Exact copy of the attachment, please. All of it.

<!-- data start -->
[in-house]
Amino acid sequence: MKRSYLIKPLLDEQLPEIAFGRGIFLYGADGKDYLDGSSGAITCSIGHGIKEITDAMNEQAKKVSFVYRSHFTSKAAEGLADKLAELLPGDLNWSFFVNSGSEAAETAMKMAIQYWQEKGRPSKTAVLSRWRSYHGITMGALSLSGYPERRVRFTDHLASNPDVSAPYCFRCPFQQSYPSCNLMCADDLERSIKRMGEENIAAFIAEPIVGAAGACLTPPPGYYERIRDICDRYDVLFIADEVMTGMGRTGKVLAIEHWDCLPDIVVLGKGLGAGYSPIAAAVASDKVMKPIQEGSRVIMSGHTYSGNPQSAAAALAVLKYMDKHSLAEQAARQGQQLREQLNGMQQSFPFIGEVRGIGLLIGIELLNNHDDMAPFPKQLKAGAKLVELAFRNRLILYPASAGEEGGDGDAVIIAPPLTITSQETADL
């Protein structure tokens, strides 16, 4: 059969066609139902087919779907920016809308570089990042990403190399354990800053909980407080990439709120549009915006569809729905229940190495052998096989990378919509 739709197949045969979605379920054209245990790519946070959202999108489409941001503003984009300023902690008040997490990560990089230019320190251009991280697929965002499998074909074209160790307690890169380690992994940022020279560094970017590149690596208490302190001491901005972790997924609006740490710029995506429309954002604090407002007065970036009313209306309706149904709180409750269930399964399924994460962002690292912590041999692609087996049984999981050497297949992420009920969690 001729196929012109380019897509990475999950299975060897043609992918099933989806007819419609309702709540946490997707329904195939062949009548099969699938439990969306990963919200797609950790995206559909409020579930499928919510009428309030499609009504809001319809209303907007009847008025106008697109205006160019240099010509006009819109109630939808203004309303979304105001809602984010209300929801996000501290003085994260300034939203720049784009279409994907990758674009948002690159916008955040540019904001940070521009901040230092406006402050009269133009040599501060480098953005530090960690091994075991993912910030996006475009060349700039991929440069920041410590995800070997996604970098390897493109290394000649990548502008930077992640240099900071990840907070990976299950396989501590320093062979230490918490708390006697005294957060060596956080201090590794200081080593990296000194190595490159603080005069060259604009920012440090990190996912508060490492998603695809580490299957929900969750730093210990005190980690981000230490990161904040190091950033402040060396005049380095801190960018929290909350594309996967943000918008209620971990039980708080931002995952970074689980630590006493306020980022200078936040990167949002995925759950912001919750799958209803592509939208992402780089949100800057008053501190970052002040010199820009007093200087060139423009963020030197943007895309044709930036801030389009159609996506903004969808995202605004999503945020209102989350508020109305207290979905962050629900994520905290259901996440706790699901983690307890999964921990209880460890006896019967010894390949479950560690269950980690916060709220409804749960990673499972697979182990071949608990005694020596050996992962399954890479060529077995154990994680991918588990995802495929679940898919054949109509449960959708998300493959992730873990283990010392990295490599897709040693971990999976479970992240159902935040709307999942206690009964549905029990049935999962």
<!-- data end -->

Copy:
[in-house]
Amino acid sequence: MKRSYLIKPLLDEQLPEIAFGRGIFLYGADGKDYLDGSSGAITCSIGHGIKEITDAMNEQAKKVSFVYRSHFTSKAAEGLADKLAELLPGDLNWSFFVNSGSEAAETAMKMAIQYWQEKGRPSKTAVLSRWRSYHGITMGALSLSGYPERRVRFTDHLASNPDVSAPYCFRCPFQQSYPSCNLMCADDLERSIKRMGEENIAAFIAEPIVGAAGACLTPPPGYYERIRDICDRYDVLFIADEVMTGMGRTGKVLAIEHWDCLPDIVVLGKGLGAGYSPIAAAVASDKVMKPIQEGSRVIMSGHTYSGNPQSAAAALAVLKYMDKHSLAEQAARQGQQLREQLNGMQQSFPFIGEVRGIGLLIGIELLNNHDDMAPFPKQLKAGAKLVELAFRNRLILYPASAGEEGGDGDAVIIAPPLTITSQETADL
């Protein structure tokens, strides 16, 4: 059969066609139902087919779907920016809308570089990042990403190399354990800053909980407080990439709120549009915006569809729905229940190495052998096989990378919509 739709197949045969979605379920054209245990790519946070959202999108489409941001503003984009300023902690008040997490990560990089230019320190251009991280697929965002499998074909074209160790307690890169380690992994940022020279560094970017590149690596208490302190001491901005972790997924609006740490710029995506429309954002604090407002007065970036009313209306309706149904709180409750269930399964399924994460962002690292912590041999692609087996049984999981050497297949992420009920969690 001729196929012109380019897509990475999950299975060897043609992918099933989806007819419609309702709540946490997707329904195939062949009548099969699938439990969306990963919200797609950790995206559909409020579930499928919510009428309030499609009504809001319809209303907007009847008025106008697109205006160019240099010509006009819109109630939808203004309303979304105001809602984010209300929801996000501290003085994260300034939203720049784009279409994907990758674009948002690159916008955040540019904001940070521009901040230092406006402050009269133009040599501060480098953005530090960690091994075991993912910030996006475009060349700039991929440069920041410590995800070997996604970098390897493109290394000649990548502008930077992640240099900071990840907070990976299950396989501590320093062979230490918490708390006697005294957060060596956080201090590794200081080593990296000194190595490159603080005069060259604009920012440090990190996912508060490492998603695809580490299957929900969750730093210990005190980690981000230490990161904040190091950033402040060396005049380095801190960018929290909350594309996967943000918008209620971990039980708080931002995952970074689980630590006493306020980022200078936040990167949002995925759950912001919750799958209803592509939208992402780089949100800057008053501190970052002040010199820009007093200087060139423009963020030197943007895309044709930036801030389009159609996506903004969808995202605004999503945020209102989350508020109305207290979905962050629900994520905290259901996440706790699901983690307890999964921990209880460890006896019967010894390949479950560690269950980690916060709220409804749960990673499972697979182990071949608990005694020596050996992962399954890479060529077995154990994680991918588990995802495929679940898919054949109509449960959708998300493959992730873990283990010392990295490599897709040693971990999976479970992240159902935040709307999942206690009964549905029990049935999962």